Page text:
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Snapshot of Uruguay – Spanish is the official language of Uruguay, though Portuguese and Portuñol are also spoken in the northern area close to Brazil. About 45% of Uruguay’s population belongs to the Roman Catholic church, while another 40% are irreligious; another 10% belong to various Protestant churches. Gaucho culture (somewhat similar to the American cowboy) is quite dominant in Uruguay, as seen in the wide consumption of yerba mate and a regional pride in rural traditions. Tango and candombe are popular folk music styles, with candombe being particularly dominant during Carnival, though Uruguayan rock is also quite popular. Soccer is Uruguay’s most popular sport, though rugby and basketball are also widely enjoyed in the country. Beef is extremely popular in Uruguay and is often barbecued in the Asado style. Other popular dishes include Chivito (steak, cheese, tomato, and lettuce sandwich), Choripán (a fast food sandwich with grilled pork sausage, lettuce, and tomato), and empanadas. Pasta and Uruguayan pizza (similar to an Italian calzone) are also quite popular. A variety of pastries and desserts, including dulce de leche, are also common.
The LDS church has been growing rapidly in Uruguay, especially in the past two decades. The Church was first introduced just in 1944 (for North Americans in the country) and by 1948 there were already fifteen congregations! In 1997 the Uruguay Montevideo West Mission was created, making it the second of two missions in that country. There is one temple, located in the capital city of Montevideo. Nearly everyone in the country is Christian with roots in the Roman Catholic Church, so conversations about the Savior and religion are familiar to the people and easy for missionaries to engage in. To date, the total Church membership is 99,758 with two missions; the country also has nearly 160 congregations as well as over twenty Family History centers.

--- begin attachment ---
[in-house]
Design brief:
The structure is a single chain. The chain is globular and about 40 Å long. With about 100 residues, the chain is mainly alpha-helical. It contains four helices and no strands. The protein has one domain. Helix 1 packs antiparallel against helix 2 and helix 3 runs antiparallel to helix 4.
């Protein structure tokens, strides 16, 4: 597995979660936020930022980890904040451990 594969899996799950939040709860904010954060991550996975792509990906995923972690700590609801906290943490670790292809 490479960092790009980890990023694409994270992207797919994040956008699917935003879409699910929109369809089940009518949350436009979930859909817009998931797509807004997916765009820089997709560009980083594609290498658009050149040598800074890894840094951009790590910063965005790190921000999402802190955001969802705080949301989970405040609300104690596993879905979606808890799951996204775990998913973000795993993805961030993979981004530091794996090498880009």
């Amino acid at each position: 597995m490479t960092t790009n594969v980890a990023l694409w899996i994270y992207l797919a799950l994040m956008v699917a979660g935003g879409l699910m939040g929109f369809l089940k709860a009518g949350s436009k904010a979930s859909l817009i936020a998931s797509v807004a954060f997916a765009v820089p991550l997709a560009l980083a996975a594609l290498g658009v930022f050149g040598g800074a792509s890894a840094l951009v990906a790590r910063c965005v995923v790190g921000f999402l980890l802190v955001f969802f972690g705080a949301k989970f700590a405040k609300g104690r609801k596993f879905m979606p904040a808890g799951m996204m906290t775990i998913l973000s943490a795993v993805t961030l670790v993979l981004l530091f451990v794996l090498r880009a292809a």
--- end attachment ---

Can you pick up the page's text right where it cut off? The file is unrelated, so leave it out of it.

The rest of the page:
The church is pretty well known by people outside of Montevideo and about 1/4th the people have had visits from missionaries a couple times. The church is large in numbers but in need of strong families with priesthood and temple focus. There are usually 2 missionaries assigned to each ward. Each ward usually has between 30-120 active members, and 400-1000 on the roster. Churches are almost always within walking distance of members/investigators homes.
Beef is extremely popular in Uruguay and is often barbecued in the Asado style. Other popular dishes include Chivito (steak, cheese, tomato, and lettuce sandwich), Choripán (a fast food sandwich with grilled pork sausage, lettuce, and tomato), and empanadas. Pasta and Uruguayan pizza (similar to an Italian calzone) are also quite popular. A variety of pastries and desserts, including dulce de leche, are also common.
The food varies by region. In the south, pasta dishes are popular, due to the heavy Italian influence (much like people eat in Buenos Aires, Argentina). In the north the food more closely resembles that of Brazil, with a lot of black rice and beans (Feijoada).
The rolling plains of Uruguay are excellent cattle country, so beef plays a major part in many dishes. Chicken is also common. Some rare/exotic foods eaten here are carpincho—the world’s largest rodent, better known by the Brazilian name capybara—and armadillo.